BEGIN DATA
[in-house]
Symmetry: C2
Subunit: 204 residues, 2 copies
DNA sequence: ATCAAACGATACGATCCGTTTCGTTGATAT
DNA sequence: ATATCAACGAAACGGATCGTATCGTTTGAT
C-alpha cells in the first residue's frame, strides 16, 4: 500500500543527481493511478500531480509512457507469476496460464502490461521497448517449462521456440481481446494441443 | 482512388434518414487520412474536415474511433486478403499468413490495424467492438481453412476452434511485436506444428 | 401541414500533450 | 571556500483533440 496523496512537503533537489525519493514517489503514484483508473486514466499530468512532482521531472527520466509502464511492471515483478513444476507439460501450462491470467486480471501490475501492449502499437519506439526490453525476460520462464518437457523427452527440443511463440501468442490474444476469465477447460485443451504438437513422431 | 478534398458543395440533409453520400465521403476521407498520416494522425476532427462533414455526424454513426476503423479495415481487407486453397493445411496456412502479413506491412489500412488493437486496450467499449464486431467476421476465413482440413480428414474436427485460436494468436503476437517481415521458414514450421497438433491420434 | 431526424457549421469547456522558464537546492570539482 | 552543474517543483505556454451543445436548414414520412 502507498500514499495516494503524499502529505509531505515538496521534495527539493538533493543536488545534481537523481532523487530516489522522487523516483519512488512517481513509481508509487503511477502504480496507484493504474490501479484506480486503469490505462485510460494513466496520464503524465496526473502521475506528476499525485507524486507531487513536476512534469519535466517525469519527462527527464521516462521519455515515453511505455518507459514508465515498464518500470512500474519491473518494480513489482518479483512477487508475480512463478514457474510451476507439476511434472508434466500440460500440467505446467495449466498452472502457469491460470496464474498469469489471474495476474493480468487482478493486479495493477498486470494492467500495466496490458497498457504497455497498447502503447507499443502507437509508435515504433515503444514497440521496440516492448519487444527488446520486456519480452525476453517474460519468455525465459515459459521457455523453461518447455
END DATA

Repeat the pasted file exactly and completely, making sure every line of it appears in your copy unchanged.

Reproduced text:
[in-house]
Symmetry: C2
Subunit: 204 residues, 2 copies
DNA sequence: ATCAAACGATACGATCCGTTTCGTTGATAT
DNA sequence: ATATCAACGAAACGGATCGTATCGTTTGAT
C-alpha cells in the first residue's frame, strides 16, 4: 500500500543527481493511478500531480509512457507469476496460464502490461521497448517449462521456440481481446494441443 | 482512388434518414487520412474536415474511433486478403499468413490495424467492438481453412476452434511485436506444428 | 401541414500533450 | 571556500483533440 496523496512537503533537489525519493514517489503514484483508473486514466499530468512532482521531472527520466509502464511492471515483478513444476507439460501450462491470467486480471501490475501492449502499437519506439526490453525476460520462464518437457523427452527440443511463440501468442490474444476469465477447460485443451504438437513422431 | 478534398458543395440533409453520400465521403476521407498520416494522425476532427462533414455526424454513426476503423479495415481487407486453397493445411496456412502479413506491412489500412488493437486496450467499449464486431467476421476465413482440413480428414474436427485460436494468436503476437517481415521458414514450421497438433491420434 | 431526424457549421469547456522558464537546492570539482 | 552543474517543483505556454451543445436548414414520412 502507498500514499495516494503524499502529505509531505515538496521534495527539493538533493543536488545534481537523481532523487530516489522522487523516483519512488512517481513509481508509487503511477502504480496507484493504474490501479484506480486503469490505462485510460494513466496520464503524465496526473502521475506528476499525485507524486507531487513536476512534469519535466517525469519527462527527464521516462521519455515515453511505455518507459514508465515498464518500470512500474519491473518494480513489482518479483512477487508475480512463478514457474510451476507439476511434472508434466500440460500440467505446467495449466498452472502457469491460470496464474498469469489471474495476474493480468487482478493486479495493477498486470494492467500495466496490458497498457504497455497498447502503447507499443502507437509508435515504433515503444514497440521496440516492448519487444527488446520486456519480452525476453517474460519468455525465459515459459521457455523453461518447455